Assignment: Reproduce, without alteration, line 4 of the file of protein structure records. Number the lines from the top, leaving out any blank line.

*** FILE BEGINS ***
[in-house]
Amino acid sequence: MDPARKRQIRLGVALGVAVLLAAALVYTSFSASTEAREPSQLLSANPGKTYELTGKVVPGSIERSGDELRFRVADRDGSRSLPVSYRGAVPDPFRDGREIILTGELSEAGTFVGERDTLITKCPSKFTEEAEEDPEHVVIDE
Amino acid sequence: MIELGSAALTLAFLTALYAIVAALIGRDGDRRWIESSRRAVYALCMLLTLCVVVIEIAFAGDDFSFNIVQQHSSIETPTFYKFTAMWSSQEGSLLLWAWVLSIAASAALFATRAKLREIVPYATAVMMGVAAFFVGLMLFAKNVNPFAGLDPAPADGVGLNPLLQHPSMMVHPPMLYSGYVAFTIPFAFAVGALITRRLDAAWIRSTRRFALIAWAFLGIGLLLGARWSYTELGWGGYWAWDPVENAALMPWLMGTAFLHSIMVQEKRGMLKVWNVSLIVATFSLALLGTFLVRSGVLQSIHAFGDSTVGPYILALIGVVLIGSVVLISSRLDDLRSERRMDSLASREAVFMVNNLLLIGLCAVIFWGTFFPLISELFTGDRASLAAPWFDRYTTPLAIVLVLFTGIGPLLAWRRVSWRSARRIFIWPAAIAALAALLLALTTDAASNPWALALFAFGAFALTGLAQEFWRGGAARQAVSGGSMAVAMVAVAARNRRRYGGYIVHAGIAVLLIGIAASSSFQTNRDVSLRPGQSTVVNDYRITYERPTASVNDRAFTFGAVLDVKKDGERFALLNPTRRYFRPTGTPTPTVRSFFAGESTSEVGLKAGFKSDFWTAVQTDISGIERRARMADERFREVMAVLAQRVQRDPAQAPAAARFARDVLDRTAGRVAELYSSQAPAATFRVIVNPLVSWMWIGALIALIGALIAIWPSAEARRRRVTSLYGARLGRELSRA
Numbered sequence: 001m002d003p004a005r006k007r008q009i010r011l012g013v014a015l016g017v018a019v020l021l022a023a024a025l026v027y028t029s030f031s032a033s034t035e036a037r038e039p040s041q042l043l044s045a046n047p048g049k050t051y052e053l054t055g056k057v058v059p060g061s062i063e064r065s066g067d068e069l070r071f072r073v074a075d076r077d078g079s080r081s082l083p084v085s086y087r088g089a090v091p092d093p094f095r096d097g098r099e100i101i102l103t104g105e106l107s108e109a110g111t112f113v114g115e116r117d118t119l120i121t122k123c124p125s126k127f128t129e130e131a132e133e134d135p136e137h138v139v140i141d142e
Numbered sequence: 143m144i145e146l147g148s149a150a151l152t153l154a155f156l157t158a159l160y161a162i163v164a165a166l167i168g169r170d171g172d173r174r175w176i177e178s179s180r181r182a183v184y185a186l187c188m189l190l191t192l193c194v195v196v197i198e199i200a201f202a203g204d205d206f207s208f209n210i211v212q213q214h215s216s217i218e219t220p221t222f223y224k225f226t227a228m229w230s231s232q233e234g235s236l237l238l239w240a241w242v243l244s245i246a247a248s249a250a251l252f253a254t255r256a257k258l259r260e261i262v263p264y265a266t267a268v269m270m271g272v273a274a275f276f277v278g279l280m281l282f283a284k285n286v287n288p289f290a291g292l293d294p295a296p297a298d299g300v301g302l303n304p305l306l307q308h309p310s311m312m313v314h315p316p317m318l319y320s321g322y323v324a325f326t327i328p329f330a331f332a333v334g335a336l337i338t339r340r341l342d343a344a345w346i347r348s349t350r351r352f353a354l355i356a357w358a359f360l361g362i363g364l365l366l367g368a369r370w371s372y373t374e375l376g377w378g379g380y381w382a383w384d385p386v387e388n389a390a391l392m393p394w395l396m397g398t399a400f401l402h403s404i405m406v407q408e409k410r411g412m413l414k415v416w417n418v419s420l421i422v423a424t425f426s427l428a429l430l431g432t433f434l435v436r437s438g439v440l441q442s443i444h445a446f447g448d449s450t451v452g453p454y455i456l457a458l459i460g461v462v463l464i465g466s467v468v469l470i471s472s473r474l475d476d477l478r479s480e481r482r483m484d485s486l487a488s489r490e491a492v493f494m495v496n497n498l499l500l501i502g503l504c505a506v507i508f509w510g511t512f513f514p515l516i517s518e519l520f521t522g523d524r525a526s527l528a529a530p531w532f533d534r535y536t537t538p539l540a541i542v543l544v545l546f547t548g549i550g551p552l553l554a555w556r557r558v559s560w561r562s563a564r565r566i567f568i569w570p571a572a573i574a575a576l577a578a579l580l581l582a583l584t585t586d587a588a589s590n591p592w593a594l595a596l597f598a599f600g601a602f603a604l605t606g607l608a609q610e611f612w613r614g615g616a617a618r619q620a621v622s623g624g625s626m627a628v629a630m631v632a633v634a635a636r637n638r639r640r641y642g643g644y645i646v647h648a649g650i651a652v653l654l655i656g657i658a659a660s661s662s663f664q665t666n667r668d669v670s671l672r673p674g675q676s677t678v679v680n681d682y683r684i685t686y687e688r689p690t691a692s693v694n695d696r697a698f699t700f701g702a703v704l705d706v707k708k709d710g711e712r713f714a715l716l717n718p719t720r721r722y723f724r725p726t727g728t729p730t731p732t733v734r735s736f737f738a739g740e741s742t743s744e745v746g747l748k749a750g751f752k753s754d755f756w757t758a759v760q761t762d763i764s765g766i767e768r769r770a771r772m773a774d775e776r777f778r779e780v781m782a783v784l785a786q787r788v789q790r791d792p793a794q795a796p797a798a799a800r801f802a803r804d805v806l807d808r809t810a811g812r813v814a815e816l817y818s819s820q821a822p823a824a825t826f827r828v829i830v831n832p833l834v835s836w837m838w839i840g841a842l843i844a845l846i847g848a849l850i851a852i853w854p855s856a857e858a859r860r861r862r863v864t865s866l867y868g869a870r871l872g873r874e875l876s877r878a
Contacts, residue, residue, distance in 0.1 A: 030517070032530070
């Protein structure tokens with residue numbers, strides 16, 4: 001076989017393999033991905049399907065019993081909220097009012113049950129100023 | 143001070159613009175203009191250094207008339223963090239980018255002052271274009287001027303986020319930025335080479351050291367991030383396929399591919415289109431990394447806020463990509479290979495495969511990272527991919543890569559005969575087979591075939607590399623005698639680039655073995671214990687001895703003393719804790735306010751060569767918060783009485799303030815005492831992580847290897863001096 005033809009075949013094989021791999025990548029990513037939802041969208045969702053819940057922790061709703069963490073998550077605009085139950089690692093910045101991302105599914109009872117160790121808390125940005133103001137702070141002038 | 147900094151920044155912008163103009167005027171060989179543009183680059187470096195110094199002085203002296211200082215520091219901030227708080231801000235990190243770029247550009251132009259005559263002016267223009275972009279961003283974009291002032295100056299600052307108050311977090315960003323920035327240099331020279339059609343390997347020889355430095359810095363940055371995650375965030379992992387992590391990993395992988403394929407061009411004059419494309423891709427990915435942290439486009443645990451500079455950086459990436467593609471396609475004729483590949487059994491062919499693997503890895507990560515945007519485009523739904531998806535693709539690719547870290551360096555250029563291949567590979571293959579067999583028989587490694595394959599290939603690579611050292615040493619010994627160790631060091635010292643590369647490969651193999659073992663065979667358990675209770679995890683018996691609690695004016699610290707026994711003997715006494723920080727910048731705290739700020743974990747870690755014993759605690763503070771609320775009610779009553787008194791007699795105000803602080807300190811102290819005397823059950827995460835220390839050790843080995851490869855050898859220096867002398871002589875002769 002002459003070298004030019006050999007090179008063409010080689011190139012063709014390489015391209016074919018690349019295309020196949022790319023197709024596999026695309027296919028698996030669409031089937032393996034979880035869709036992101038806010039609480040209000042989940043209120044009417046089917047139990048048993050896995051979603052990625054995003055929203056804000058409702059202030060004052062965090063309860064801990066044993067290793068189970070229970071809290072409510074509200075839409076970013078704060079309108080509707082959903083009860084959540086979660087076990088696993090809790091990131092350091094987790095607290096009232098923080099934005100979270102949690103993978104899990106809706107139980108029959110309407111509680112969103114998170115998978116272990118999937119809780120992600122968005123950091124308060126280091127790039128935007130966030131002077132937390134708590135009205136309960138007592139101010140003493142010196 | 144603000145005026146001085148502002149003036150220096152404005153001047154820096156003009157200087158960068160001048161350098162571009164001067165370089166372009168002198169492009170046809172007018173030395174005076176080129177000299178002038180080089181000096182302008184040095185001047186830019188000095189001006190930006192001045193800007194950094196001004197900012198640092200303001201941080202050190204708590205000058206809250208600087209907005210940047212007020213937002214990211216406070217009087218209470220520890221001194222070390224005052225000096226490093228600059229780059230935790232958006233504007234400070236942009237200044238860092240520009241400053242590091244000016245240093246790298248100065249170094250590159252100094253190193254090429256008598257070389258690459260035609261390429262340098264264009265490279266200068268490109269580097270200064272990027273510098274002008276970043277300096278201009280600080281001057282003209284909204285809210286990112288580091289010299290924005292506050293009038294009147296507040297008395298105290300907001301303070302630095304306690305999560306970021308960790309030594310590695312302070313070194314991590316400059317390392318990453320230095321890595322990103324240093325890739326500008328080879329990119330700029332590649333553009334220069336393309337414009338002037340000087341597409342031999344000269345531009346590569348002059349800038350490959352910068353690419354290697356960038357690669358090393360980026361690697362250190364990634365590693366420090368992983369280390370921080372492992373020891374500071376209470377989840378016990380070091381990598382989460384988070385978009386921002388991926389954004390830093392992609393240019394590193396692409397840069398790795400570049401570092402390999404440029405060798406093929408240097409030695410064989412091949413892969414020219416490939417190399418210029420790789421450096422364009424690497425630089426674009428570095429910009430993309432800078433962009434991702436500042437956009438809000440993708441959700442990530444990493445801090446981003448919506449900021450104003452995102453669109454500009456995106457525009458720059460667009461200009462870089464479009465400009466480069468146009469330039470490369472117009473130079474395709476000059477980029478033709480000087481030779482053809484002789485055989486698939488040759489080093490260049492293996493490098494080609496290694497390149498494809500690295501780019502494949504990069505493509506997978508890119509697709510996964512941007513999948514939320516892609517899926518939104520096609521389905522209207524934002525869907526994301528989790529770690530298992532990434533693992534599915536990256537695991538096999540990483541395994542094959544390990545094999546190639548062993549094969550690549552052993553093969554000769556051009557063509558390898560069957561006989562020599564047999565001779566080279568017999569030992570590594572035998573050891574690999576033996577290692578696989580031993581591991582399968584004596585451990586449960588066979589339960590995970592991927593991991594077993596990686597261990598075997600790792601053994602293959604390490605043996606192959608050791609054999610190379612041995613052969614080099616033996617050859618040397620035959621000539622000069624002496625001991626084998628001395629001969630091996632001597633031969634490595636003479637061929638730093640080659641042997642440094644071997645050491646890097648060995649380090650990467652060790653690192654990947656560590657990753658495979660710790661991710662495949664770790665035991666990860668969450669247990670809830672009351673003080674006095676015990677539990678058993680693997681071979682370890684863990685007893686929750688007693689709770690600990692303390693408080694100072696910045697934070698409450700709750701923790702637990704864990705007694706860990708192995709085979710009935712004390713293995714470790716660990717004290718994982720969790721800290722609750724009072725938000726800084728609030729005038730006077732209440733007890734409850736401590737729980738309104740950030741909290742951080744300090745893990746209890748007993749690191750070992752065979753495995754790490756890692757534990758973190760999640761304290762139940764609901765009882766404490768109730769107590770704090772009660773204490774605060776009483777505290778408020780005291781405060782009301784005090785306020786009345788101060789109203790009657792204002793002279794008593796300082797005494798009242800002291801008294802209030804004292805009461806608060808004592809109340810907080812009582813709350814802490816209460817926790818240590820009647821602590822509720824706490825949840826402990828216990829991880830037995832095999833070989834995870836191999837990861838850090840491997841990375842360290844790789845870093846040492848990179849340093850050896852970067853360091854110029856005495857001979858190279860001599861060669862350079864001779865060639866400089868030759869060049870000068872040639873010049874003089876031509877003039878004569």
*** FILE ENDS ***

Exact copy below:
Numbered sequence: 001m002d003p004a005r006k007r008q009i010r011l012g013v014a015l016g017v018a019v020l021l022a023a024a025l026v027y028t029s030f031s032a033s034t035e036a037r038e039p040s041q042l043l044s045a046n047p048g049k050t051y052e053l054t055g056k057v058v059p060g061s062i063e064r065s066g067d068e069l070r071f072r073v074a075d076r077d078g079s080r081s082l083p084v085s086y087r088g089a090v091p092d093p094f095r096d097g098r099e100i101i102l103t104g105e106l107s108e109a110g111t112f113v114g115e116r117d118t119l120i121t122k123c124p125s126k127f128t129e130e131a132e133e134d135p136e137h138v139v140i141d142e